The line from Bruce Rauner’s checkbook to his campaign fund continues to run green with cash. The Winnetka businessman and frontrunner in the GOP primary election donated another $1 million of his own money to his own campaign fund, making it now $6 million to his campaign that is self-funded. That sets a record for an Illinois governor race.
From the Chicago Tribune’s Rick Pearson:
Rauner, a Winnetka businessman who is perhaps the wealthiest candidate ever to run for public office in Illinois, has now raised $14 million ahead of the March 18 primary election — far and away eclipsing the combined money-raising efforts of Republican rivals state Sens. Bill Brady of Bloomington and Kirk Dillard of Hinsdale and state Treasurer Dan Rutherford of Chenoa.
The previous record for personal money in an Illinois governor race came in 2006, when Chicago businessman Ron Gidwitz and his wife donated $5.3 million only to lose the primary election. Still, Rauner has a ways to go to top the U.S. Senate bids of Blair Hull, who spent $28.6 million of his own money to lose the 2004 Democratic primary to Barack Obama, and Peter Fitzgerald, who spent nearly $12 million from his own pocket to win in 1998.
Rauner’s personal money and tapping of deep-pocketed Republican donors has allowed him to maintain an expensive presence on the state’s television airwaves and surge to front runner status while his opponents have been unable to put together the resources for a sustained TV blitz.
While Pearson points out Rauner’s opponents have been unable to raise the resources for sustained TV exposure, Bill Brady and Kirk Dillard announced they will both have ads out on the airwaves within the next few days.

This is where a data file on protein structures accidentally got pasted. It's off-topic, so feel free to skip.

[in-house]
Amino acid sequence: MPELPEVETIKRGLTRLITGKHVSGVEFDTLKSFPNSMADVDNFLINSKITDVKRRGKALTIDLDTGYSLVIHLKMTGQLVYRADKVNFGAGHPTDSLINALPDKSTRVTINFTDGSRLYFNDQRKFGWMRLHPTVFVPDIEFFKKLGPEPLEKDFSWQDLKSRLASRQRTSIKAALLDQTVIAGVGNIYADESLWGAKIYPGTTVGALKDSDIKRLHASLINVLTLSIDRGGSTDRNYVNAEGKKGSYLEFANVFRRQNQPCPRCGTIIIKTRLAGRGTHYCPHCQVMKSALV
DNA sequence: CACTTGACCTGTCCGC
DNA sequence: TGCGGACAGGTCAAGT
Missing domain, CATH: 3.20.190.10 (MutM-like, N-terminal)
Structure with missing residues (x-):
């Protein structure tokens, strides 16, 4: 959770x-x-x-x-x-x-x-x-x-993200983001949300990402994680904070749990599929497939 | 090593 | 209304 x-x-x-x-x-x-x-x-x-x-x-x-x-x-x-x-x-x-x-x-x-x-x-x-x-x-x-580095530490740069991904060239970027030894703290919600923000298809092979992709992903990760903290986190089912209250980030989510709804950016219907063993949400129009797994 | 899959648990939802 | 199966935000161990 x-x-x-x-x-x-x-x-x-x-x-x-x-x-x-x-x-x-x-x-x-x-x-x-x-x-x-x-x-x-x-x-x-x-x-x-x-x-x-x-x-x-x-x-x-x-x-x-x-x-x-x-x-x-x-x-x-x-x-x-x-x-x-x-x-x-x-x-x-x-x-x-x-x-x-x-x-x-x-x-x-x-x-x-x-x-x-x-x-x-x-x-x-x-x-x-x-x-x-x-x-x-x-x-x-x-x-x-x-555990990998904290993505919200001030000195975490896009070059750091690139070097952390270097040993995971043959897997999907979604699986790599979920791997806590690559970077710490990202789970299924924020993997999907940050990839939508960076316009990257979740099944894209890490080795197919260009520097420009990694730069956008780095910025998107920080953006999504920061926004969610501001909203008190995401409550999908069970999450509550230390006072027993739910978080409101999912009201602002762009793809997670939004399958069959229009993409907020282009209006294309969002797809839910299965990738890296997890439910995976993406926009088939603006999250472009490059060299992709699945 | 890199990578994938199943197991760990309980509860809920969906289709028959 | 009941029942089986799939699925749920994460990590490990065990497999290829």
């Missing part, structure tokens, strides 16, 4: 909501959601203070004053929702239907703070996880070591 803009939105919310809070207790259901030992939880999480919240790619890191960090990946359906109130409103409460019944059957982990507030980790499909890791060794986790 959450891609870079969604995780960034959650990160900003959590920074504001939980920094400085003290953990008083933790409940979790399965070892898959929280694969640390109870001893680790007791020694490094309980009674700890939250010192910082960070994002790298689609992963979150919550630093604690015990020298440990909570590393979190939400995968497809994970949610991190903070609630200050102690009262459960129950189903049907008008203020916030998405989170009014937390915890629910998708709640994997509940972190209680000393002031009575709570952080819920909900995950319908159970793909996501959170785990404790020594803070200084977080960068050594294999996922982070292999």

From the Southern Illinoisan’s Kurt Erickson:
With two weeks left before voters head to the polls, state Sen. Kirk Dillard, R-Hinsdale, is scheduled to begin airing a biographical television ad beginning today, campaign spokesman Wes Bleed said Monday.
Also Monday, state Sen. Bill Brady, R-Bloomington, announced in a newsletter to supporters that he’ll be joining Dillard and Rauner on television in the coming days.
“We’ll also be up on TV and radio this week for the duration of the campaign, so keep an eye out and an ear open for our ads!” the newsletter noted.
The two are scrambling to gain some traction in a race that has been dominated by the previously unknown Rauner’s rise in the polls thanks to millions of dollars in media spending.
Propelled by new money from the state’s two teachers’ unions, Dillard is planning to run his ads on a handful of cable channels statewide.
Bleed said Monday he didn’t know how long the ads would run.
“We’re going to keep them going as long as we can,” Bleed said.
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